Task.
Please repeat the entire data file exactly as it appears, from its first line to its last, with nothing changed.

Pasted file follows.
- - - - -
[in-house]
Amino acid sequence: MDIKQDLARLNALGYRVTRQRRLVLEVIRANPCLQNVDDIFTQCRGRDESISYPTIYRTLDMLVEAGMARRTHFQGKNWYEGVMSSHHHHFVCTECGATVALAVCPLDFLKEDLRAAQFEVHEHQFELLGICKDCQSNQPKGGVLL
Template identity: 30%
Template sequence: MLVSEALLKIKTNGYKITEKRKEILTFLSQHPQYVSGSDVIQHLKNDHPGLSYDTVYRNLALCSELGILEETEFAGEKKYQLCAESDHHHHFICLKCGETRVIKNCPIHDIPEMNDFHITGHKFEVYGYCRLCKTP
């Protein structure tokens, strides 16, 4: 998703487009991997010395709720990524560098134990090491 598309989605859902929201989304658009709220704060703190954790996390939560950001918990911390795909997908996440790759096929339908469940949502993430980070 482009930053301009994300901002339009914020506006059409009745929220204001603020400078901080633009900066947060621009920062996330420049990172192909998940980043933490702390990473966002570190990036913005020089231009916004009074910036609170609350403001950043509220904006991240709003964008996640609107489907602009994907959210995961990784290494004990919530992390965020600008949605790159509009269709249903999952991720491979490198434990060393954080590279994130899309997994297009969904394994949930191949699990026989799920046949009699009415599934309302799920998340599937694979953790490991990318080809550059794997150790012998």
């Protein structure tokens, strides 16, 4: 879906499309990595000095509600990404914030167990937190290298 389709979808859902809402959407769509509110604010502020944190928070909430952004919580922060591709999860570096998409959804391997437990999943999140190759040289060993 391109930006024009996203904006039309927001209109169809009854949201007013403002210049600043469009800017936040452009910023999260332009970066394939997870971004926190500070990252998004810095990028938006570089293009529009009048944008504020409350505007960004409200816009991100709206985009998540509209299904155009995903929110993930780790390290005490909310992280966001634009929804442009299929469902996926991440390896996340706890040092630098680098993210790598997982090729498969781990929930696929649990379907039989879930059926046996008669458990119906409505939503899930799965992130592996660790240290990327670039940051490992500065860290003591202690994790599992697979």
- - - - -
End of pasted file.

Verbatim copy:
[in-house]
Amino acid sequence: MDIKQDLARLNALGYRVTRQRRLVLEVIRANPCLQNVDDIFTQCRGRDESISYPTIYRTLDMLVEAGMARRTHFQGKNWYEGVMSSHHHHFVCTECGATVALAVCPLDFLKEDLRAAQFEVHEHQFELLGICKDCQSNQPKGGVLL
Template identity: 30%
Template sequence: MLVSEALLKIKTNGYKITEKRKEILTFLSQHPQYVSGSDVIQHLKNDHPGLSYDTVYRNLALCSELGILEETEFAGEKKYQLCAESDHHHHFICLKCGETRVIKNCPIHDIPEMNDFHITGHKFEVYGYCRLCKTP
């Protein structure tokens, strides 16, 4: 998703487009991997010395709720990524560098134990090491 598309989605859902929201989304658009709220704060703190954790996390939560950001918990911390795909997908996440790759096929339908469940949502993430980070 482009930053301009994300901002339009914020506006059409009745929220204001603020400078901080633009900066947060621009920062996330420049990172192909998940980043933490702390990473966002570190990036913005020089231009916004009074910036609170609350403001950043509220904006991240709003964008996640609107489907602009994907959210995961990784290494004990919530992390965020600008949605790159509009269709249903999952991720491979490198434990060393954080590279994130899309997994297009969904394994949930191949699990026989799920046949009699009415599934309302799920998340599937694979953790490991990318080809550059794997150790012998």
């Protein structure tokens, strides 16, 4: 879906499309990595000095509600990404914030167990937190290298 389709979808859902809402959407769509509110604010502020944190928070909430952004919580922060591709999860570096998409959804391997437990999943999140190759040289060993 391109930006024009996203904006039309927001209109169809009854949201007013403002210049600043469009800017936040452009910023999260332009970066394939997870971004926190500070990252998004810095990028938006570089293009529009009048944008504020409350505007960004409200816009991100709206985009998540509209299904155009995903929110993930780790390290005490909310992280966001634009929804442009299929469902996926991440390896996340706890040092630098680098993210790598997982090729498969781990929930696929649990379907039989879930059926046996008669458990119906409505939503899930799965992130592996660790240290990327670039940051490992500065860290003591202690994790599992697979």